Tuesday, May 16, 2006

Whaddya Pay for Foreign Earnings Power- BUCY

Maybe it's from just coming off the Berkshire weekend. Maybe it's re-reading Empire of Debt. Maybe it's too many hits of dailyreckoning.com. Maybe, it's the sinking feeling that I had when I lived in Canada and watched the currency go from an articially high level near 90 cents to 62 cents. Now all the way back as a revitalized petro-currency and a stalwart of fiscal responsibility. Looking for shelter from US dollar weakness is really becoming an important focus as an investment theme.

What to do? Where are the opportunities? I agree with Buffett's views on commodities in general....speculative excess, silly money chasing after it. I was too damned early in getting out of base metals but I still feel comfortable about the decision. Yesterday's thrashing may not have been the end in my view, but certainly demonstrated that ownership of the theme is falling into increasingly weaker hands. Gold as a commodity remains interesting but most gold mining stocks have In my view discounted the hereafter, perhaps even using a negative discount rate. Memories of late 70's and early 80's valuations of gold mining stocks, battles for St. Joe Minerals and Amax are all coming back. The same tape is being re-played. Inco and Falconbridge are referred to as Canadian jewels in the Wall Street Journal.

In my view,foreign earnings power will be an important aspect of investing over the next few years, obviously if Buffett's views about the dollar are correct. The ideal investment target should have costs domiciled largely in the States and revenues elsewhere. This kind of thinking was successful for many Canadian manufacturing businesses when the Canadian dollar was beset with scorn and disdain and traded below 70 cents U.S. But pure dependence on currency weakening and consequent export sales is not a sufficient business strategy. Using the window of opportunity to restructure and re-position will work for businesses that are savvy.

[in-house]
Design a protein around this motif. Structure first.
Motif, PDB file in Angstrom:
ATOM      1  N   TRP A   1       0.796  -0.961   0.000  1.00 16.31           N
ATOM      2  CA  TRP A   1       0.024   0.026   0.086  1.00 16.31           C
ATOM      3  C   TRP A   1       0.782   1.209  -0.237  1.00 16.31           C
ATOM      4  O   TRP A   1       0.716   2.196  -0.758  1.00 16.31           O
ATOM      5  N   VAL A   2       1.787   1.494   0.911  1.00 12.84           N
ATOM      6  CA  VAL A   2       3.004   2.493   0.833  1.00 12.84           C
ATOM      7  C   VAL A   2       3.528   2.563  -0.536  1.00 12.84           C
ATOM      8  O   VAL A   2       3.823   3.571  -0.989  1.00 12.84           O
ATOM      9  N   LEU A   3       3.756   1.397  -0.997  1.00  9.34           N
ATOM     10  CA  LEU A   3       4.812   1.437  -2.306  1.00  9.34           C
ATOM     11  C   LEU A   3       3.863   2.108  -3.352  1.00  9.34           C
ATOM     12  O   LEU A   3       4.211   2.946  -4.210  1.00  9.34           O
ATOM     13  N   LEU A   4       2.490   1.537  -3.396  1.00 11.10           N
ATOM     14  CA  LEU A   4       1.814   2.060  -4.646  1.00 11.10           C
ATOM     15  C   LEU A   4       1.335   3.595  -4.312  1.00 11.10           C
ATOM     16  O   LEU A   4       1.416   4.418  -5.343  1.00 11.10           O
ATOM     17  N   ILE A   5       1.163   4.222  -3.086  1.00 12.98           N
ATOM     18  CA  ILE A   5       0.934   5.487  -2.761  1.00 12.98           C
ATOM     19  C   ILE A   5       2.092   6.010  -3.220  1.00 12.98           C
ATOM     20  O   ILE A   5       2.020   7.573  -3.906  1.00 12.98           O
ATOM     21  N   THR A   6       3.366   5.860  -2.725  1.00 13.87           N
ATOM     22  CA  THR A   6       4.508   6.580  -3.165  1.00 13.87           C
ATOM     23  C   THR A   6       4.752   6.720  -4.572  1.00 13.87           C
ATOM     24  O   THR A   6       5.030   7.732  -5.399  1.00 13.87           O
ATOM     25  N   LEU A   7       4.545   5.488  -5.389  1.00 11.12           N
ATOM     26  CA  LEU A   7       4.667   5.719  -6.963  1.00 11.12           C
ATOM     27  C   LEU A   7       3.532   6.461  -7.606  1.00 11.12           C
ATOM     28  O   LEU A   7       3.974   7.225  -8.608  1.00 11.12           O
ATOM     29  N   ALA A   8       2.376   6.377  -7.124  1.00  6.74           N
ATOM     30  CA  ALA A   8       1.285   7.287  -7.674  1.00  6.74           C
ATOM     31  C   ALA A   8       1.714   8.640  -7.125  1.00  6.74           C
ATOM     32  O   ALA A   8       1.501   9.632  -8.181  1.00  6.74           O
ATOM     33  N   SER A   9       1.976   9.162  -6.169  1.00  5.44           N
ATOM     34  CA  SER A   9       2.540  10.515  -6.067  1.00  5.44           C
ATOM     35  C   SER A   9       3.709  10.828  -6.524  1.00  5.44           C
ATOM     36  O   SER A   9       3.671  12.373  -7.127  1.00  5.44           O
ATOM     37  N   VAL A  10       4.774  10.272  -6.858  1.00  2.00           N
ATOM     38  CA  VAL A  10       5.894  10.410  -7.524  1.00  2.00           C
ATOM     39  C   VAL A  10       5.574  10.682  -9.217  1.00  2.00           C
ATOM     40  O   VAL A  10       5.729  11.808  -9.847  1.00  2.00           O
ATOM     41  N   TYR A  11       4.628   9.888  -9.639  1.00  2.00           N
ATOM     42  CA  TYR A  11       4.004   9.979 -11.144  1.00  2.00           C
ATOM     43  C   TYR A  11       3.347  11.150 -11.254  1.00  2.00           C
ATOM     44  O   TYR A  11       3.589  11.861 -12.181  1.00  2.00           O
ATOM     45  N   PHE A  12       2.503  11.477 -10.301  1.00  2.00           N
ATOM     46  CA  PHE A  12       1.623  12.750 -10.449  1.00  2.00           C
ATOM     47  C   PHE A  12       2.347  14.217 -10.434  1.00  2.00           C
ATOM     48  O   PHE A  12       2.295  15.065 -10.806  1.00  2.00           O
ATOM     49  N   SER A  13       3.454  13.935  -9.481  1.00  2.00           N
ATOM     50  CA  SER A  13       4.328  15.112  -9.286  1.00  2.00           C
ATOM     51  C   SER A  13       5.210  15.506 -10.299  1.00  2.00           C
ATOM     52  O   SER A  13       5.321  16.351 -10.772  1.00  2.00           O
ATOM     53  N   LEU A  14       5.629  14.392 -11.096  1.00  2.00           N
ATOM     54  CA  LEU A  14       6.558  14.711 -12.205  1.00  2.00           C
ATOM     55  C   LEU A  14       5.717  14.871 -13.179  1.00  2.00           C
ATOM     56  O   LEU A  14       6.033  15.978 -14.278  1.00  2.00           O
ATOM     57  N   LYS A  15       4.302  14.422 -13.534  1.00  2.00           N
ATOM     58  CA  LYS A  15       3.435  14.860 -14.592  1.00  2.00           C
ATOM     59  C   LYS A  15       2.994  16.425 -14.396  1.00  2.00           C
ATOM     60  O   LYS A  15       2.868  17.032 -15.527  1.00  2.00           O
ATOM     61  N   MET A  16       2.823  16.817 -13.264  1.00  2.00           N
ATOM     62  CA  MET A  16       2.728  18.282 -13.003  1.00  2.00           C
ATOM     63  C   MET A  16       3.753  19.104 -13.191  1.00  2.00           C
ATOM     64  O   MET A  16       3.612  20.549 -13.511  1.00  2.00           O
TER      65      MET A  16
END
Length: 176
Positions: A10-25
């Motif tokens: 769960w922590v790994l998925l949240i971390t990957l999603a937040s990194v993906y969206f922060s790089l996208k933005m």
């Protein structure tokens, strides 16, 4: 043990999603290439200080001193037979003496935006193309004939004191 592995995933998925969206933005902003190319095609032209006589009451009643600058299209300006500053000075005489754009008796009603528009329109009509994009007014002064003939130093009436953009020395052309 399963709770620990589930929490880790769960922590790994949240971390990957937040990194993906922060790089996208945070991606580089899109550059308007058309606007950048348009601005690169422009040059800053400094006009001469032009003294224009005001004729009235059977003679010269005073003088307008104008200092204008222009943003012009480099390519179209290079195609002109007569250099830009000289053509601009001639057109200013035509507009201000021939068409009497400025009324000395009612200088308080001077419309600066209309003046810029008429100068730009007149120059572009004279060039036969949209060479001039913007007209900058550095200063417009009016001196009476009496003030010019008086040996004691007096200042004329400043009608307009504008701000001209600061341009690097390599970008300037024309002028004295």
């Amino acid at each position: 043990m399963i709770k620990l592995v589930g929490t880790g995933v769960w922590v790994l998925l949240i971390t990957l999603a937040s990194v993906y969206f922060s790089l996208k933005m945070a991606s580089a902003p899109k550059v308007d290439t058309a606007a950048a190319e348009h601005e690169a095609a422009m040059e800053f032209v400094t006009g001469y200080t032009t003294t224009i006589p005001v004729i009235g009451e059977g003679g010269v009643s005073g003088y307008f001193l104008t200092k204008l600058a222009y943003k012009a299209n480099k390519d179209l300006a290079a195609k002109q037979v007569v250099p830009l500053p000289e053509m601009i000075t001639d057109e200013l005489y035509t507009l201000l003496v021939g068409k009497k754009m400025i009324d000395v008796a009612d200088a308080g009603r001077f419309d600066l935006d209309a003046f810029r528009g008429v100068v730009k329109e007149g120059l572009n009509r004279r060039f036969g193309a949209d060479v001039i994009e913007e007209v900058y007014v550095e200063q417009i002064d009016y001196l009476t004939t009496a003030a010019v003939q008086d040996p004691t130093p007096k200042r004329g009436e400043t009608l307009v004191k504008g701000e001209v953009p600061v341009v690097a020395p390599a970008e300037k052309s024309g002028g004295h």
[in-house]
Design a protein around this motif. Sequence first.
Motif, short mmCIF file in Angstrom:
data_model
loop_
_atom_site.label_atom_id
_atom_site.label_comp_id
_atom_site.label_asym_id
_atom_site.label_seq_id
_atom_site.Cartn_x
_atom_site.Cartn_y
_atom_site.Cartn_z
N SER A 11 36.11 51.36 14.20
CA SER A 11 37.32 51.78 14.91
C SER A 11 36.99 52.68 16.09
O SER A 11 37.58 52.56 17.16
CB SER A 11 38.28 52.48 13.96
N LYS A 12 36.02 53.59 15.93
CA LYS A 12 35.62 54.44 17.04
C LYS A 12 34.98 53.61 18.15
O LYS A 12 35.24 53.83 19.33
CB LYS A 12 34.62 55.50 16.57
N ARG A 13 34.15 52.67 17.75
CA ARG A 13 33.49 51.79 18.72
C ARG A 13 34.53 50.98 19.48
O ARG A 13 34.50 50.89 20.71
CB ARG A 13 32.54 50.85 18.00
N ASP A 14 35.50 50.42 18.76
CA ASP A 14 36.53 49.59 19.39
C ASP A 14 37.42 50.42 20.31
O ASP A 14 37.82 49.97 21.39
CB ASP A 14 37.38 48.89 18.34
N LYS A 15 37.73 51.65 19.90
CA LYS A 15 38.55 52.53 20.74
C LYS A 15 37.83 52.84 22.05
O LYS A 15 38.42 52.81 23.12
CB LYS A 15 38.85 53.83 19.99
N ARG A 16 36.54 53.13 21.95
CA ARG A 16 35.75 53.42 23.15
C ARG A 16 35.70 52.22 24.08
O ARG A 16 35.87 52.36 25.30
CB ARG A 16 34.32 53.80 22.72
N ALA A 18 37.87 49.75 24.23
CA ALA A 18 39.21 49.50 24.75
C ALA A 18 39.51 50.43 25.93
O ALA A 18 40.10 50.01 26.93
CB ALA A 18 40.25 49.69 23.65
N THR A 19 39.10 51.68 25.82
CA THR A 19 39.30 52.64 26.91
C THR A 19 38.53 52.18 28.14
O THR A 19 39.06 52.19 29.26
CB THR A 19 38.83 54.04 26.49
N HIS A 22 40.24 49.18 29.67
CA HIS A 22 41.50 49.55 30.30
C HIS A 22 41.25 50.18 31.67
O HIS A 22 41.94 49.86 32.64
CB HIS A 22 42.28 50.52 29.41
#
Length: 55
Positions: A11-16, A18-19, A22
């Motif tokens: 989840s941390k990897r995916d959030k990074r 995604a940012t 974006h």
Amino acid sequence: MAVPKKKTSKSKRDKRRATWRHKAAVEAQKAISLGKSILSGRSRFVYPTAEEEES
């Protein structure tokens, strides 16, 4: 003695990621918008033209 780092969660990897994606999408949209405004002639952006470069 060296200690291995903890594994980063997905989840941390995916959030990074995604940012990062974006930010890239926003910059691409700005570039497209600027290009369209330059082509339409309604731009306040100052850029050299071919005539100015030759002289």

As always, thematic or macro viewpoints seem so obvious, yet successful investing requires some determination of value and margin of safety. I note an upgrade of Bucyrus Erie (BUCY) that occured today.

BUCY fits the macro bill beautifully. Some 75% of its sales are export. The end markets for its products are heavy cyclical businesses such as coal and copper mines. Cash generation has been humongous with debt to capital representing 100% of capital in 2002 down to only 23% currently. trailing twelve month return on invested capital is stellar at 20.5% in sharp contrast to the negative returns of 2002 and 2003.

The sustainability of the business is propped by a large maintenance and replacement parts business which represents about 70% of revenues. This part of the business has grown at about a 17% rate since 2002. The sales of machinery have grown at a stellar CAGR of 56%. The street consensus for sales growth over the next three years is a 25% CAGR. Earnings growth of 35% is the current consensus for earnings growth.

In my view, investors are paying up for a rather cheery consensus. Operating margins which have run on a TTM basis at 13% might not be sustainable over the long run. Other international competitors exist such as Komatsu of Japan, Atlas Copco of Sweden, and United Heavy Machinery of Russia also compete in this business. On an EV/EBIT basis BUCY is trading at 20.6 times TTM EBIT.Komatsu is at 16 times, and Atlas Copco at 13 times.

Great theme, wrong price in my opinion. At least for the margin of safety that I look for.

Disclaimer: Neither I, my family, or clients have a current position in any of the stocks mentioned in this post.


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